While we are in the midst of the holiday season, let us take time to reflect. During the month of November, we have the fact that Christmas is coming force fed into our cakeholes with all the delicacy of an asphalt smasher on the freeway. Christmas is definitely coming; I have a calendar so I know with exacting exactness that it will definitely fall sometime between the 22nd and the 30th of December yet again this year. Beyond that, you’re on your own.
Now this week brings the great holiday of Thanksgiving, a holiday that somehow has managed to shove being thankful right off the table together with the good china, allowing the bullying turkey and general large amounts face-stuffing to usurp the familial atmosphere. Of course, given whatever your familial atmosphere is at the present time, a nice plate of sweet potatoes might be exactly what you need instead of listening to Uncle Roy talk yet again about how he could have been a major league ballplayer for the Cleveland Indians if he hadn’t screwed up his rotator cuff while hitting mailboxes off of their posts with a broken piece of rebar back in 1971. Ah, family!
Thanksgiving manages to get lost in the shuffle of holidays this time of year. It seems like as soon as you’re taking down your Columbus Day decorations, you have to prepare for Presidents’ Day and Grandfather-In-Common-Law Sweetest Valentine’s Flag Day. It never ends! And look at the decorations that Thanksgiving is stuck with: a bunch of sad hand-me-downs from Halloween. Just put pilgrim hats on the jack o’ lanterns and display random leaves and corn stalks next to the skeletons in the yard and violà! Instant Thanksgiving decorations!
It doesn’t help that Thanksgiving is wedged between two of the greatest holidays for movies either. The blood that gushes from the volumes of Halloween horror movies hasn’t even coagulated before the numerous Christmas films skyrocket into play. This is sad of course, but Thanksgiving hasn’t done itself any favors either. I mean how many Thanksgiving-related films can you think of right now? Well, take a moment, I’ll be back for your answer. Whew! I’m back! Still nothing? No worries! Allow me to throw some light on the topic that was thrust upon you without any prior consultation.
Planes, Trains, and Automobiles actually does take place during Thanksgiving but couldn’t it have happened during Christmas instead? You don’t see them eat turkey or anything like that. John Candy never dresses up like a pilgrim at any point in the film. Granted, it is some of the best work that Candy and Steve Martin have ever done, but you could’ve just as easily switched the holidays and no one would have been the wiser.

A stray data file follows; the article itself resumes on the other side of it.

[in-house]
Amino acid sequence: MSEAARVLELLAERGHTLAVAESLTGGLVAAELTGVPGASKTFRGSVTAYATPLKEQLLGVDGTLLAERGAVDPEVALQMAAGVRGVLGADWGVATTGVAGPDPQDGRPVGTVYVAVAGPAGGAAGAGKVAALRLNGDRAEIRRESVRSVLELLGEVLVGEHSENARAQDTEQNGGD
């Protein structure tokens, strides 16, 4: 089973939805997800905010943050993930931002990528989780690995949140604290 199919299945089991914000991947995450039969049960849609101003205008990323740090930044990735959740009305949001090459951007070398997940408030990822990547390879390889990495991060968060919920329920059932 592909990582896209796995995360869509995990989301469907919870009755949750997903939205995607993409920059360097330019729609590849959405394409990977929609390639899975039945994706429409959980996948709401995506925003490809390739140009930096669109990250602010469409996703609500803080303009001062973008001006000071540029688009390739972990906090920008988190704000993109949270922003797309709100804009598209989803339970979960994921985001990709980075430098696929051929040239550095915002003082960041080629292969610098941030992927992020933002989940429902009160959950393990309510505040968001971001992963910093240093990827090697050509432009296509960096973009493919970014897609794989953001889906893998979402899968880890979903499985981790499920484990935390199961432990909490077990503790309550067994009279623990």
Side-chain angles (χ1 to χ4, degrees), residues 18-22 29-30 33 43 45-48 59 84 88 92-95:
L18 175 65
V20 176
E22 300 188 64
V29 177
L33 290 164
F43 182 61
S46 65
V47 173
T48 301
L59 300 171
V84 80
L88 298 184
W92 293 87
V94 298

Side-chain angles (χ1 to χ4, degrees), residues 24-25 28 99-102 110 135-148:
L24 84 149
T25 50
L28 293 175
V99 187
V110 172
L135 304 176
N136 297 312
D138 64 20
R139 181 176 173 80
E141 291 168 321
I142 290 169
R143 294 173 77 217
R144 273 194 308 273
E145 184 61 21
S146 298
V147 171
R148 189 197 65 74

Oddly enough, Woody Allen’s Hannah and Her Sisters is book-ended over the course of two years with Thanksgiving celebrations. (I’m sure there’s some smarmy comment in there about Woody Allen’s family, but I will digress just because I like his movies. So make like a turkey and get stuffed.) Again though, these dinners could have just been some family meals and/or get togethers instead of Thanksgiving because there’s nothing Thanksgiving-y in the film beyond the plate of turkey. I guess Allen thought that having to celebrate Christmas or Hanukkah would have been too off-putting? Or he didn’t want to steal Fanny and Alexander’s framing device exactly. (Yes, that was for you film dorks out there. And yes, you’re welcome!)
What else is out there? The first two Rocky movies have Thanksgiving involved. But Stallone beating up Carl Weathers doesn’t really invoke warm turkey moments for me. Miracle on 34th Street actually starts up during Thanksgiving, but Christmas bullies its way into a plotline yet again so we forget about the first part of the movie. There’s Squanto: A Warrior’s Tale which has two things not going for it: no one had the interest to watch it in the first place and in the second place, no one even after reading this has felt the interest in seeing it either.
I think for most of us, the one Thanksgiving special that pops immediately to mind is A Charlie Brown Thanksgiving. After previously milking Christmas and Halloween, the Peanuts gang would be placed into every single holiday in the calendar thereafter for eternity. I think that A Charlie Brown Kwanzaa came out in 2009 and Snoopy Come Home 2: The Quest for Guy Fawkes Day is in post-production now.
While not the cultural touchstone that was the first Charlie Brown Christmas special, the Thanksgiving special has managed to find an audience primarily for two reasons: 1) it is a Peanuts holiday special for fans that will watch anything with Snoopy in it and 2) it often is forced upon you in the DVD holiday set with the Halloween and Christmas specials.
I had the great opportunity to watch the Thanksgiving special for the seemingly seventeen thousand eight hundred and forty-fifth time the other day. My children are addicted to it and as it is better than watching them fight over who gets to be player 1 in some loud Nintendo game, I don’t have a problem tuning in either. This also means that I’ve had the chance to examine this film about as many times as Oliver Stone has run and rerun the Zapruder film ad infinitum.
Now with that entire prologue out of the way so I could have an excuse to do this, here are some observations about A Charlie Brown Thanksgiving that I’m going to throw out there for whatever reason. It will go down smooth, like a pint glass of your grandma’s turkey gravy. Enjoy!
Where’s Schroeder? Where’s Pig Pen? Where’s Violet? It doesn’t feel like a true Peanuts holiday special because these regular characters are nowhere to be found. Were they unlike the other kids in this special because they have parents that actually care about bringing them along for Thanksgiving? Speaking of which…